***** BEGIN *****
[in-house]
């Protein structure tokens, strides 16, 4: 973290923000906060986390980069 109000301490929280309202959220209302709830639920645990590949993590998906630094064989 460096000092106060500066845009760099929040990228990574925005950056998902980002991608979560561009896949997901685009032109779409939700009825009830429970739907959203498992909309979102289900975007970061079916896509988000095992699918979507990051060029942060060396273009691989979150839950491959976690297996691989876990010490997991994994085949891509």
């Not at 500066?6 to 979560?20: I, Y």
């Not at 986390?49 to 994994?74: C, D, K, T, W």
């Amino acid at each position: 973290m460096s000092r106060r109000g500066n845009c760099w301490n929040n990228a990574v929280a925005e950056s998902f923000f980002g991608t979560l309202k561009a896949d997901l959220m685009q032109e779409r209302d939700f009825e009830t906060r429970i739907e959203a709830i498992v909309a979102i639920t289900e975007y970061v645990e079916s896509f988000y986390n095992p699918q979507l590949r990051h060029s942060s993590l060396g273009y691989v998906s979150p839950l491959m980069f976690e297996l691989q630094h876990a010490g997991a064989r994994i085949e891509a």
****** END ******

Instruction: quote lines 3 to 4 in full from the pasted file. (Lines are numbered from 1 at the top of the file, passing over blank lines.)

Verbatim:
């Not at 500066?6 to 979560?20: I, Y």
């Not at 986390?49 to 994994?74: C, D, K, T, W």